How to Procrastinate on a Farm

There’s a farmer here who hasn’t harvested his soybeans yet. Yep, it’s mid-February and some people are already itching to plant corn, and he’s still got soybeans standing on the stalk, which makes my heart brim with admiration. Though he’s merely four months behind (which isn’t all that impressive), to procrastinate such an essential task as harvesting your crop, you’ve really got to dedicate yourself to other pursuits. 

Despite what some may think, procrastination isn’t easy. For instance, last Saturday morning, just to avoid cleaning out the barn gutters, I decided to continue putting new siding on our old farmhouse. Cleaning out the barn gutters is a tedious yearly task, but re-siding on an old farmhouse is a once-in-a-lifetime monumental task that is challenging and gratifying. After five minutes of gratification, however, I remembered I needed to feed the cows, a matter of more pressing concern than cladding my shelter or cleaning out gutters. Thus, I went off to attend to the cow’s health and well-being. 

On the way to the barn, I noticed the tractor tire was flat again. I’ve been intending to buy a new set of front tires for five years, so I went to start the air compressor. While waiting for the pressure to build, I cranked the tractor and let it run a while since I hadn’t used it much in the winter. Good grief, the fuel gage was nearing E. Truth be told, “accidentally” running a diesel tractor out of fuel is an excellent way to occupy your time. Personally, I’ve never bled a fuel line in less than two hours and once or twice had it take all day. But mostly, I was starting to get hungry, so I decided I’d drive the tractor to the gas station down the road, the one with a grill and good cheeseburger basket, to refuel the tractor and my stomach in one efficient stop. 

On the way, I stopped by a neighbor’s house to ogle his new hydraulic wood splitter. Ogling another’s man equipment is an excellent way to kill time. However, it can be untasteful if you linger, so after a mere hour chat with the neighbor, I promptly resumed my journey to the gas station.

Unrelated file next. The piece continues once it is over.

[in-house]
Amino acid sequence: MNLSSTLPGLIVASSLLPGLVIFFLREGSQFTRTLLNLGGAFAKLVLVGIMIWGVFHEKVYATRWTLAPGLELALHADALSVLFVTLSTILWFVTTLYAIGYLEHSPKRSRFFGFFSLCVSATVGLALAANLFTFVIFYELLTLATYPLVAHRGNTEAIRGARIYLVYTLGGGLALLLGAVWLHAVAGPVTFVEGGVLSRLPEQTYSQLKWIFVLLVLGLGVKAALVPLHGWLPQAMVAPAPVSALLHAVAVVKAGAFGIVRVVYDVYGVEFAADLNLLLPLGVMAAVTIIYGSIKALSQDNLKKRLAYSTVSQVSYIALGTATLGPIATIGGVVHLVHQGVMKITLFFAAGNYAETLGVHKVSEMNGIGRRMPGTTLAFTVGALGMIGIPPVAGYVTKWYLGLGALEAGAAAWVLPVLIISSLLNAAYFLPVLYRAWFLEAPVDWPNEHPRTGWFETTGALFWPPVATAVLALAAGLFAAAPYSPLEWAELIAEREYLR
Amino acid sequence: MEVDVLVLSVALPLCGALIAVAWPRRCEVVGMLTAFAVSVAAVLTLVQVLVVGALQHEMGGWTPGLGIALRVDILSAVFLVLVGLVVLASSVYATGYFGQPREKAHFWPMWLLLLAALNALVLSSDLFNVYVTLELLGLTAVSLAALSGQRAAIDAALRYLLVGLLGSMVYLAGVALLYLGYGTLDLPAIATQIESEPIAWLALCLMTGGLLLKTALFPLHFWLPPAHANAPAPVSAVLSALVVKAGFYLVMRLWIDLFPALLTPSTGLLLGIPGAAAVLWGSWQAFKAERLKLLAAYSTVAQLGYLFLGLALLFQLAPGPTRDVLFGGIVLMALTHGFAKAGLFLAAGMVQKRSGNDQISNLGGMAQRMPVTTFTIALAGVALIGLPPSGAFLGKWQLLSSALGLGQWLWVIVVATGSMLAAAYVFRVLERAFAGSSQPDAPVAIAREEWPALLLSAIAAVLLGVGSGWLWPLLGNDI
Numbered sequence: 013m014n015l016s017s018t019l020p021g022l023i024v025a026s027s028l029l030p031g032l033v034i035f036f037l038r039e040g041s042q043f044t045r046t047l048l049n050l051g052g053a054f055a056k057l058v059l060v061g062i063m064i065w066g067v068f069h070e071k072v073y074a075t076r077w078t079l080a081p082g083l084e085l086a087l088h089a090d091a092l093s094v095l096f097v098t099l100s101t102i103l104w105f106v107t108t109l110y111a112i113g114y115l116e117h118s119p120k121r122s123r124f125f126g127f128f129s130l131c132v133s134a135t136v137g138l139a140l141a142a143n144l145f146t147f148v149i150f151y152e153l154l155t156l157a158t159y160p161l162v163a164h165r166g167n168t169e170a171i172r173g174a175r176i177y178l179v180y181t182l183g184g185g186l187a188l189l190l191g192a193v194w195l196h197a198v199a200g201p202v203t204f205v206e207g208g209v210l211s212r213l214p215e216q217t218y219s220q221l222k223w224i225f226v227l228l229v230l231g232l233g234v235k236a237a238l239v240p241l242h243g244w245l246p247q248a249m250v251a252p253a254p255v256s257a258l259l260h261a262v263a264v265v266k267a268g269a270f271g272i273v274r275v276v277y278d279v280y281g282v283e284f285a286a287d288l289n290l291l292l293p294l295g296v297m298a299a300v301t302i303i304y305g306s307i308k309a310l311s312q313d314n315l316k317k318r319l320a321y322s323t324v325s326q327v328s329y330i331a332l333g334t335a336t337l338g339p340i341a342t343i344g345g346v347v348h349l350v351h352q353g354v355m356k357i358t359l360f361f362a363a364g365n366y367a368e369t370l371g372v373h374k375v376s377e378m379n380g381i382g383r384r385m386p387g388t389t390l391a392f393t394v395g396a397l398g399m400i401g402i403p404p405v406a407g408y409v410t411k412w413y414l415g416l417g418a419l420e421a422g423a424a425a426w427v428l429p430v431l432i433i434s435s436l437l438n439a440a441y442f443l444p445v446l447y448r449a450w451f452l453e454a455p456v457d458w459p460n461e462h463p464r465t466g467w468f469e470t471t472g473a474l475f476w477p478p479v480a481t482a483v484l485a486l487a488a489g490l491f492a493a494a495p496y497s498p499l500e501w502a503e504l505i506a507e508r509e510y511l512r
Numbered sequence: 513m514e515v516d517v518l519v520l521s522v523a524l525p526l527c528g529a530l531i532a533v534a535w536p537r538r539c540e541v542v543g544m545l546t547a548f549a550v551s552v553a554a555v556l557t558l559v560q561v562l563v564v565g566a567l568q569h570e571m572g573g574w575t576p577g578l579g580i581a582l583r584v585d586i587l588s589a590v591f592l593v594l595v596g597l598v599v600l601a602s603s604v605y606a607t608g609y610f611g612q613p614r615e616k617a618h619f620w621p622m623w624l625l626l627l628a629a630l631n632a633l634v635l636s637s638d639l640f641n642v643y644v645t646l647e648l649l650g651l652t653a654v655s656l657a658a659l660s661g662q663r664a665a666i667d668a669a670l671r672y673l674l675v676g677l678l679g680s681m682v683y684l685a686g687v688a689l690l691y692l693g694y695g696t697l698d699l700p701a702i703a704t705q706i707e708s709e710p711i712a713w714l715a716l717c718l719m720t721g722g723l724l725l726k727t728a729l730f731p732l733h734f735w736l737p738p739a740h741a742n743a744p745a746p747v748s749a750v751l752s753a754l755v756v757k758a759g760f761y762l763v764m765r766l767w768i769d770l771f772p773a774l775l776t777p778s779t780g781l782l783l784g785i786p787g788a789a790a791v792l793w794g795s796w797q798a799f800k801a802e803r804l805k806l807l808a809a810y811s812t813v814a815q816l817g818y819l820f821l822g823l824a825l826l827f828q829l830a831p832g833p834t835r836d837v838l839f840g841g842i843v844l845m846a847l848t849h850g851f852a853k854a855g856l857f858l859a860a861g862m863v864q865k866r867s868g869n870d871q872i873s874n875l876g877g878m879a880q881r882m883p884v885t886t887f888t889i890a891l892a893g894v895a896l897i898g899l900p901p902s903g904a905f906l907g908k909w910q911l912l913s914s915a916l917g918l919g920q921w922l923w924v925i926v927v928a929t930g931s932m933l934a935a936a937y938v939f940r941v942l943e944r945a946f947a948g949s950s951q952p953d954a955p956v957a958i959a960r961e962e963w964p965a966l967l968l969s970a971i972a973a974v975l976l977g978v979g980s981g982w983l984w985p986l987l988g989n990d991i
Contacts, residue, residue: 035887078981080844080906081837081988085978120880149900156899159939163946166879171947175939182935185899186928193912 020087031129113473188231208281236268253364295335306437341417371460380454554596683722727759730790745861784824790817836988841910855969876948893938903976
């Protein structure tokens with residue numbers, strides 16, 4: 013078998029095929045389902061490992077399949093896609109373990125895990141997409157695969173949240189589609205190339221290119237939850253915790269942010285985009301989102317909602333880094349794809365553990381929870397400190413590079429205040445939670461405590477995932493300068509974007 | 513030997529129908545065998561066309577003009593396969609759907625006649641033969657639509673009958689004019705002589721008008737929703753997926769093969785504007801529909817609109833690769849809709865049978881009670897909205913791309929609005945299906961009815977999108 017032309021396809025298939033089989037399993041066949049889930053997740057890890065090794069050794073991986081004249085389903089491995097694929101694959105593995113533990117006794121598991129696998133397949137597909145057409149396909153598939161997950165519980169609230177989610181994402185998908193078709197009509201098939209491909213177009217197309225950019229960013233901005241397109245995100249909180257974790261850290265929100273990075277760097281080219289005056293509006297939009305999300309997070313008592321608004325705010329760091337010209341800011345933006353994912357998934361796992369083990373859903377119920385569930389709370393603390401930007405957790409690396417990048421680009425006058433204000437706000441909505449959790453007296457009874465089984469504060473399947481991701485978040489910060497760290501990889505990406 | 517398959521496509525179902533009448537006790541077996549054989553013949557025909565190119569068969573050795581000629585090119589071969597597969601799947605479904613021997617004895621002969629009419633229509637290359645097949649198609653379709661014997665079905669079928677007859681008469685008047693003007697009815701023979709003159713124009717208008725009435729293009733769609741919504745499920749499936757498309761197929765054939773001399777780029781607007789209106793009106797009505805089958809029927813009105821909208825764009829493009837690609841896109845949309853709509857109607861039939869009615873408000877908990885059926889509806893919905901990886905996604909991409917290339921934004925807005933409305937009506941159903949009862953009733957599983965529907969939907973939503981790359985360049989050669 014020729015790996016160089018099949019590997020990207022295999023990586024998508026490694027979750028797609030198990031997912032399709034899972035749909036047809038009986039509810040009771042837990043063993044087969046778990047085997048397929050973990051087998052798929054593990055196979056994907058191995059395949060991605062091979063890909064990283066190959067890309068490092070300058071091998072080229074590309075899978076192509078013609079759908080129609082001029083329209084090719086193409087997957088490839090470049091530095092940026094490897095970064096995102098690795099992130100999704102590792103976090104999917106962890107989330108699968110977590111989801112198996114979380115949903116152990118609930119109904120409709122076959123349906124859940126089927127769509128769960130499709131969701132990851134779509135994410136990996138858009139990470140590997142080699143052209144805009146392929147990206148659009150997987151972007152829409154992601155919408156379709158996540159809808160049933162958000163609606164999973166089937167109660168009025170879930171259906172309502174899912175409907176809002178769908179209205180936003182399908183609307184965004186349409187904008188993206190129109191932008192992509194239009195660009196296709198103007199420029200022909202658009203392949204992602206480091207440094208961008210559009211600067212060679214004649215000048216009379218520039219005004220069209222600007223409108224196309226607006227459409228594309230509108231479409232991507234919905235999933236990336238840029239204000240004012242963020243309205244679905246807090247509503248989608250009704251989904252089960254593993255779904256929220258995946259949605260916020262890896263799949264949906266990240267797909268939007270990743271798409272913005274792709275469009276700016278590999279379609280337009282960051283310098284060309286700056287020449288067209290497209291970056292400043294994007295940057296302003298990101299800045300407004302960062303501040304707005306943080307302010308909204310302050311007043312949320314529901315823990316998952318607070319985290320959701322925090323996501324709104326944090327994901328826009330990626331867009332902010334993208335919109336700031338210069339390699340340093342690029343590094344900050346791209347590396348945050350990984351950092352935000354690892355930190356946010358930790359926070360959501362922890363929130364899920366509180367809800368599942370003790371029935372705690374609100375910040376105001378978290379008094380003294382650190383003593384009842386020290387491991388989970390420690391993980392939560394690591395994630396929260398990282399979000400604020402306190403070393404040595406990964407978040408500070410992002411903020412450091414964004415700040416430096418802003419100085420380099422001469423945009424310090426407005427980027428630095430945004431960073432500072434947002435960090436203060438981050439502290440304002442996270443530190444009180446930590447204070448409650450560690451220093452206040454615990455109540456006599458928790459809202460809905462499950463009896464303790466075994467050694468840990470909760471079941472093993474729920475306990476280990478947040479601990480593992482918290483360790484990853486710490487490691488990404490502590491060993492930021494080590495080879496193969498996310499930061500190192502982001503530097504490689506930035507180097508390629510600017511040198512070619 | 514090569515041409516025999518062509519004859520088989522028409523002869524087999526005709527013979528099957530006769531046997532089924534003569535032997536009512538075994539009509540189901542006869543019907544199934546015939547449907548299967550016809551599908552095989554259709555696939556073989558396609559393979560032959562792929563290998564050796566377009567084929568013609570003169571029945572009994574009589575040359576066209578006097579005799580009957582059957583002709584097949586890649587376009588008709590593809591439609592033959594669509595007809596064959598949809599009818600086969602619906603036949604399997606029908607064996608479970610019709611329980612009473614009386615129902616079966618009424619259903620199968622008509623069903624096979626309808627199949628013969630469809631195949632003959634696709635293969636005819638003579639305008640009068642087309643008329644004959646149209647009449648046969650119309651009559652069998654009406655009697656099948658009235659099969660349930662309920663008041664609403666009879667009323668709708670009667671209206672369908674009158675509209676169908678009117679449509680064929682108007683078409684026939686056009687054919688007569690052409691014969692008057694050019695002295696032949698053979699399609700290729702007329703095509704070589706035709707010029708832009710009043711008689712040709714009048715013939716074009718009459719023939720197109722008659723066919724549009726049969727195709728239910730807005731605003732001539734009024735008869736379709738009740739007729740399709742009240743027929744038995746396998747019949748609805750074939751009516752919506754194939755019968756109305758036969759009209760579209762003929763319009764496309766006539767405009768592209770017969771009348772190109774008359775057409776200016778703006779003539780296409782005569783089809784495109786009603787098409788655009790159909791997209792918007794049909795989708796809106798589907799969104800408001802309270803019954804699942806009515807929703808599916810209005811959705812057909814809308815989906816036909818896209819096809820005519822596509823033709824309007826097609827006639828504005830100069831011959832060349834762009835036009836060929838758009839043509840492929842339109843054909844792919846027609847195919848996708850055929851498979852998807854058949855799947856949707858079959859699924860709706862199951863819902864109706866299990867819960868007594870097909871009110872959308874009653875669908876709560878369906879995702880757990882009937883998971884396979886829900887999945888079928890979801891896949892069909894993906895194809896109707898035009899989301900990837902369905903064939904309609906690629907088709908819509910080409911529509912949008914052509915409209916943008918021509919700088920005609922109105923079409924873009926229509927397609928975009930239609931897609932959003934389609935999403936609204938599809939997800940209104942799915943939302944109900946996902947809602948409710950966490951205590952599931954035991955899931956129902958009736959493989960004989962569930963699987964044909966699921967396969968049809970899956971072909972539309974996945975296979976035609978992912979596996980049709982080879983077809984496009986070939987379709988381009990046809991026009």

The grill was bustling with talk and upon some beckoning, I joined a table of old men to hear reports of all that had been accomplished throughout the countryside. One farmer had trapped a large skunk overnight and was trying to figure out what to do with it. Another had spent the morning at a scrapyard searching for the perfect pieces of scrap metal pipes to weld together for a set of homemade monkey bars for his granddaughter. He wasn’t successful with his search and was generally displeased with the selection of scrap available these days. 

By the time I finished listening to such reports and got home from refueling, it was nearly mid-afternoon and a great spell of fatigue descended upon me after I fed the cows, so much so I decided to go inside and watch a basketball game just to restore my energy. It happened to be a real nail biter that went into double overtime, and by the time it concluded, darkness had descended outside, which meant all other tasks could be put off till tomorrow. Tomorrow, being Sunday, a day of rest as declared by God, I could safely procrastinate till Monday. Monday happened to be President’s Day, a federally-mandated holiday which I felt obligated to observe as a patriotic American. By Tuesday, I couldn’t remember what task I had originally intended to start on Saturday, so I considered my procrastination complete, a job well done. 

Re-siding your farmhouse will only take ten years if you diligently apply yourself to mastering procrastination.

If you’d like to join the Misfit Farmer’s Procrastination Club, just let me know. So far, the only two members are me and my barn cat, Bunty. And, to be honest, we’ve just briefly talked about the idea and haven’t gotten around to meeting yet, so you’d be a charter member.